2. Dell's PC diagnostics on boot (F12) After the first set of tests (~7 minutes) you can say "no" to additional RAM tests... and then be presented with a results screen. It will indicate if Webcam was skipped or tested. please confirm.

3. Check events for that driver Back in Windows, open device manager Win+x or right-click start and select "device manager"... double-click your device in question... choose tab "Events". You are looking for events where it started happening. Maybe a power event, or an insufficient resources clash. (you will need to scroll through a bunch of "device install requested" events from your recent tests.

4. (Software Option) eat fresh Uninstall it, (deleting the drivers) and try and get it to install usbvideo.inf_amd64_06d8dbf36a7321ac. This will make it pick up as a webcam, rather than imaging device. Failing that: Fresh install of Windows 10 by using the Windows 10 Media Creation Tool. The only thing from DELL you probably need is the DELL Update tool - and maybe DELL Software Delivery, if you want it to put that bloatware back on there (There are better free options, DELL just gets paid to shovel that onto your PC, which in turn keeps your purchase cost down... that's the only reason it's there). You don't need help+support. That is just a re-badged version of software called "PC-Doctor" and it allegedly causes issues with some PC-Security vendors (can provide sources if asked).

4. (Hardware Option) Check connectivity as per comments This one takes a bit of guts, but it might be a fix (maybe you want to do software options first):

  • Check USB Connector for Webcam

Before you start this - know that you WILL lose the magnets that help hold the lid closed. They are held in by hot-snot and will flick out easily. You can pop them back in loose, or just chuck them out. Flip over the PC undo the 10 screws on the backplate and pop it off, disconnect the battery and hold the power-button on the laptop to drain any residual electricity within. The internal USB ports are tiny. The webcam is top-right corner from memory. but just check those 2-3 ribbon cables are clipped in snug. The wide one is Video, the tiny one is webcam, and the medium one (~5mm wide) is the Windows button. If you have a touchscreen model I think it terminates there too.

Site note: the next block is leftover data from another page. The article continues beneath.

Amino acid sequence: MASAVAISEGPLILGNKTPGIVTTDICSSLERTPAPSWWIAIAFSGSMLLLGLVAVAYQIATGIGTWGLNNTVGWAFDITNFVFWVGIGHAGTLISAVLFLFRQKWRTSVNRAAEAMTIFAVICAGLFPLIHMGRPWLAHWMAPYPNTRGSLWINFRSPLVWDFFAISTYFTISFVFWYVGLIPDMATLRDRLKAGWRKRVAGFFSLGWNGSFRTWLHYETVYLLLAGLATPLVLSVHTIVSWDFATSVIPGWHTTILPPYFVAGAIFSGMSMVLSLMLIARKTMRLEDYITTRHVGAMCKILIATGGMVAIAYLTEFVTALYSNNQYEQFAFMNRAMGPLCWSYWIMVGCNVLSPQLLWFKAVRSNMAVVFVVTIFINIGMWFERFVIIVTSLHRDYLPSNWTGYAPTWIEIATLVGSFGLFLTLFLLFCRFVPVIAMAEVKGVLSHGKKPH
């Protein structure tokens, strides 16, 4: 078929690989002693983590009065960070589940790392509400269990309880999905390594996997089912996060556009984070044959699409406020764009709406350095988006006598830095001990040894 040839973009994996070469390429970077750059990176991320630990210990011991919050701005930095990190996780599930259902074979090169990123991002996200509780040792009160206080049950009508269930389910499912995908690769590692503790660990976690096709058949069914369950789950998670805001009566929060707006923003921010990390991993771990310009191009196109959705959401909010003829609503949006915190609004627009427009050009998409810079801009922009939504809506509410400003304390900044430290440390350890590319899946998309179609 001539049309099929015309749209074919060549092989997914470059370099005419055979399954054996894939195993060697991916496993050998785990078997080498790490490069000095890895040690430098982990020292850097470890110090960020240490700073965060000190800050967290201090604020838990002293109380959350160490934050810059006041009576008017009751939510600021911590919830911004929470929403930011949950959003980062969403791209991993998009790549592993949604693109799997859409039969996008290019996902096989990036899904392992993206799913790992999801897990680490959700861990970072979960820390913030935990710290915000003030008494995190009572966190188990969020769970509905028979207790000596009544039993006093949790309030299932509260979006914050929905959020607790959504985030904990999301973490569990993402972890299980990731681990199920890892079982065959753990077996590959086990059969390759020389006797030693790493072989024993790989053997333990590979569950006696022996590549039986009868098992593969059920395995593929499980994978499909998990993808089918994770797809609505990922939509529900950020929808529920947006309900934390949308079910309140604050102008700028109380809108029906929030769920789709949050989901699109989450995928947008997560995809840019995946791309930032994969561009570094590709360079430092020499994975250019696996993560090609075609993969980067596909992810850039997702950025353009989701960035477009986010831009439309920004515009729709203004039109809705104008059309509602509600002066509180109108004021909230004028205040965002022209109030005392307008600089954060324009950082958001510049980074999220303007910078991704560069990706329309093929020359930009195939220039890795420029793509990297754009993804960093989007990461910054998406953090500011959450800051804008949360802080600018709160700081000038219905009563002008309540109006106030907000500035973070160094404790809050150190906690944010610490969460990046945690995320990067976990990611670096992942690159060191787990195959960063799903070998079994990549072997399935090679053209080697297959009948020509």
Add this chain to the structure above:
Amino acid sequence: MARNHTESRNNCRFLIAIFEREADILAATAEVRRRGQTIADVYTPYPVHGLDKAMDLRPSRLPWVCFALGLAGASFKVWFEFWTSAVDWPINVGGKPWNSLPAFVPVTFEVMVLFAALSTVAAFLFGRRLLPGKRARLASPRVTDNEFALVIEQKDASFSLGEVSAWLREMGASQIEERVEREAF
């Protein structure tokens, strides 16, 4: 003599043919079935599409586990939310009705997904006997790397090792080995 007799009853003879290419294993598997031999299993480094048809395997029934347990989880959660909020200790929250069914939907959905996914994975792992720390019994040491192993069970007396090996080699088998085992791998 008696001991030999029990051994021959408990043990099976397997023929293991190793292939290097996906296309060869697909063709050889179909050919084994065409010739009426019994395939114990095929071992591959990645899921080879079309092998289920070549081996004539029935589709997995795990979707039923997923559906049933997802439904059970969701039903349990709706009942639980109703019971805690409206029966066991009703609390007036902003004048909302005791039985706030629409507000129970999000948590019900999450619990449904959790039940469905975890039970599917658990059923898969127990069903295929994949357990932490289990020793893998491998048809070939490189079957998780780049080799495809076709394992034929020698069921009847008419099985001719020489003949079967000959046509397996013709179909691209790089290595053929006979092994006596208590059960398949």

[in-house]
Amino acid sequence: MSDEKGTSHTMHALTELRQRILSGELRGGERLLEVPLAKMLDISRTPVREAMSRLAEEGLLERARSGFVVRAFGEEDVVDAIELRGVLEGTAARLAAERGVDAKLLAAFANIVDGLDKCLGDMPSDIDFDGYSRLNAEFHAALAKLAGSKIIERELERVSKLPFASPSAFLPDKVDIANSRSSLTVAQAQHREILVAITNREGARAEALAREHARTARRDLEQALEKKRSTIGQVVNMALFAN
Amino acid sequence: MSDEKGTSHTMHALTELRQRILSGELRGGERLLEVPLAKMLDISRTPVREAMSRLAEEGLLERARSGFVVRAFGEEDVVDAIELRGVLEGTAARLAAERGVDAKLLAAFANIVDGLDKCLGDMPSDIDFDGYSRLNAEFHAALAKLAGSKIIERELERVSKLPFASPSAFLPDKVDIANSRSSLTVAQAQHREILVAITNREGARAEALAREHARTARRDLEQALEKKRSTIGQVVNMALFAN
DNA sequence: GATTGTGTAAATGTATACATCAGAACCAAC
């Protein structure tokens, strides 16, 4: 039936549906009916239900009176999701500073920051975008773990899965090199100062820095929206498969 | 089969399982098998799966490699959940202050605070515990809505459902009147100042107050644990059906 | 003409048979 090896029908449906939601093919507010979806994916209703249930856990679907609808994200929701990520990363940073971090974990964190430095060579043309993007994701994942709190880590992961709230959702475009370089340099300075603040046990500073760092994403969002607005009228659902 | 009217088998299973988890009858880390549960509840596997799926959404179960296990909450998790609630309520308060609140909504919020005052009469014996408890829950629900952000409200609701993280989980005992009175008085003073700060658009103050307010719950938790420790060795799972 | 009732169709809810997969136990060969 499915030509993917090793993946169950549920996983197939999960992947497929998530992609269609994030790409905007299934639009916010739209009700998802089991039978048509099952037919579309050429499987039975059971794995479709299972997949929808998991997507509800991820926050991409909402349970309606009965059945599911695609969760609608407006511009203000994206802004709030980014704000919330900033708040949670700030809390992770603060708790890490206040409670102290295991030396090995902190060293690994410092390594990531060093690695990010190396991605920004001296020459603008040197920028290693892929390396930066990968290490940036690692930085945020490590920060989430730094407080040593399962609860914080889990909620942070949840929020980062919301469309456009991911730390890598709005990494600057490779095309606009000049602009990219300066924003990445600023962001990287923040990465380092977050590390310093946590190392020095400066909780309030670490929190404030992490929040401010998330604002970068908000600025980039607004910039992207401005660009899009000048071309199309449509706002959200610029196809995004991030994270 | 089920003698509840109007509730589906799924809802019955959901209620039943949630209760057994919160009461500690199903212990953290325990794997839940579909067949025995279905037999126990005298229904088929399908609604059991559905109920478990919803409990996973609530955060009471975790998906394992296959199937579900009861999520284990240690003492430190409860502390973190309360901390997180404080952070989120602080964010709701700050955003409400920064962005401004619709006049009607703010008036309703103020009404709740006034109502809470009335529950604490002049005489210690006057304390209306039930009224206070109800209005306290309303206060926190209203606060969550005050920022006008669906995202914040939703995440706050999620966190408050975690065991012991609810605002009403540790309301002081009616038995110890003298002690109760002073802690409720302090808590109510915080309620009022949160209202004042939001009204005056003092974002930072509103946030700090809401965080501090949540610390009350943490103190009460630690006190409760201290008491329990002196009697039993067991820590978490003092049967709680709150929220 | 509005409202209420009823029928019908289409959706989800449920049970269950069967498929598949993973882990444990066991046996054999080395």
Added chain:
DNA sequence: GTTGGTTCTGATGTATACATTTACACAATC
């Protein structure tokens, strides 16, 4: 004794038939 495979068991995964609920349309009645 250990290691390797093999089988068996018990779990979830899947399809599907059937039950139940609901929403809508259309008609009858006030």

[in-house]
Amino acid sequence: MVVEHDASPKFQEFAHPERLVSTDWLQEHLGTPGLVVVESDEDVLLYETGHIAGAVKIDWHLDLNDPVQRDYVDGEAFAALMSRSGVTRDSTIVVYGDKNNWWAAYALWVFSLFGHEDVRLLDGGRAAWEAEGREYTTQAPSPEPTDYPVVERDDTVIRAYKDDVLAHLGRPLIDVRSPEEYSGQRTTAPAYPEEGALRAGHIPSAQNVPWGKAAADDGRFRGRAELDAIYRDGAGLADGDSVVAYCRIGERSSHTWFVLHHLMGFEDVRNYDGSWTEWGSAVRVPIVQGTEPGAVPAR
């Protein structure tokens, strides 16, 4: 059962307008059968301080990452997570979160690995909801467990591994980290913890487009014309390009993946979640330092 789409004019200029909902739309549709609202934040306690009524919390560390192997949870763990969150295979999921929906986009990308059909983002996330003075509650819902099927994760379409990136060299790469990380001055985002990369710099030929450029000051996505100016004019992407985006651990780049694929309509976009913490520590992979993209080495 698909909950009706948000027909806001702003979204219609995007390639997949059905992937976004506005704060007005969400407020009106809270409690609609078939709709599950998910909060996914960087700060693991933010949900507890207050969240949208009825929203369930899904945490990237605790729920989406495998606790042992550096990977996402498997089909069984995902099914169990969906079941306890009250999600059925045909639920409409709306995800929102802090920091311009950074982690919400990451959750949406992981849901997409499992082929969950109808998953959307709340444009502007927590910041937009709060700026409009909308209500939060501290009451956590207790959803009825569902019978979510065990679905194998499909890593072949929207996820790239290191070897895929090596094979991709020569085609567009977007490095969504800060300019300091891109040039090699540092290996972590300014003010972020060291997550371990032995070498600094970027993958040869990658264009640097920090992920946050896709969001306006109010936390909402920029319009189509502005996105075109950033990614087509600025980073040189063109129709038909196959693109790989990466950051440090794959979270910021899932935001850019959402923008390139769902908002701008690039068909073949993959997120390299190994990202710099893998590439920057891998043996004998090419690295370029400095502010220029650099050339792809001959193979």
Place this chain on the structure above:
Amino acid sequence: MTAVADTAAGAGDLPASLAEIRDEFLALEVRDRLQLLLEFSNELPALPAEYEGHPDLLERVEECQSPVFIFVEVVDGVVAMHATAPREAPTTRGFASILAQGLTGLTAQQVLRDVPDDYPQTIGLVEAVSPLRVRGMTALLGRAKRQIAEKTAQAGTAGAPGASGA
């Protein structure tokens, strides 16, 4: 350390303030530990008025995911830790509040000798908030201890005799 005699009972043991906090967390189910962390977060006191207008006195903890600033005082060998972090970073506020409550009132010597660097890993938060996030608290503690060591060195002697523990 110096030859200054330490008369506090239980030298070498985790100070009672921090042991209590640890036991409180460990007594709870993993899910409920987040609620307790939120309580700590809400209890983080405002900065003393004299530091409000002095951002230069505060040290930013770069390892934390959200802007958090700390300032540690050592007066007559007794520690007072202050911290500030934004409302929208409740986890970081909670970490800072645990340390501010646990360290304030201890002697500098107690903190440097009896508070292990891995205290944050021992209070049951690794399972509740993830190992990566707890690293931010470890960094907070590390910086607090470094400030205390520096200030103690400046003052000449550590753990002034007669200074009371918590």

• Pop open the screen.

See that ugly rubber seal running the edge of the screen? Stick a spudger (or plastic knife/wedge) between that and the plastic shell and pop it off carefully. Workshop manual says to un-bolt the 4 hinge-anchors within the actual chassis first... but if you call them they say don't bother. just click that case off and check the cable running up to the webcam is still OK, and connected at both ends.

  • It's worth noting that driver dates all say they are Windows Vista, but they aren't necessarily... Microsoft just use that date so that literally ANY manufacturer ones released since the big OS-change will install over them by default. (Otherwise you get the issue where Windows-update and Dell update will fight forever swapping to their version of drivers) – Hicsy Dec 18 '17 at 23:53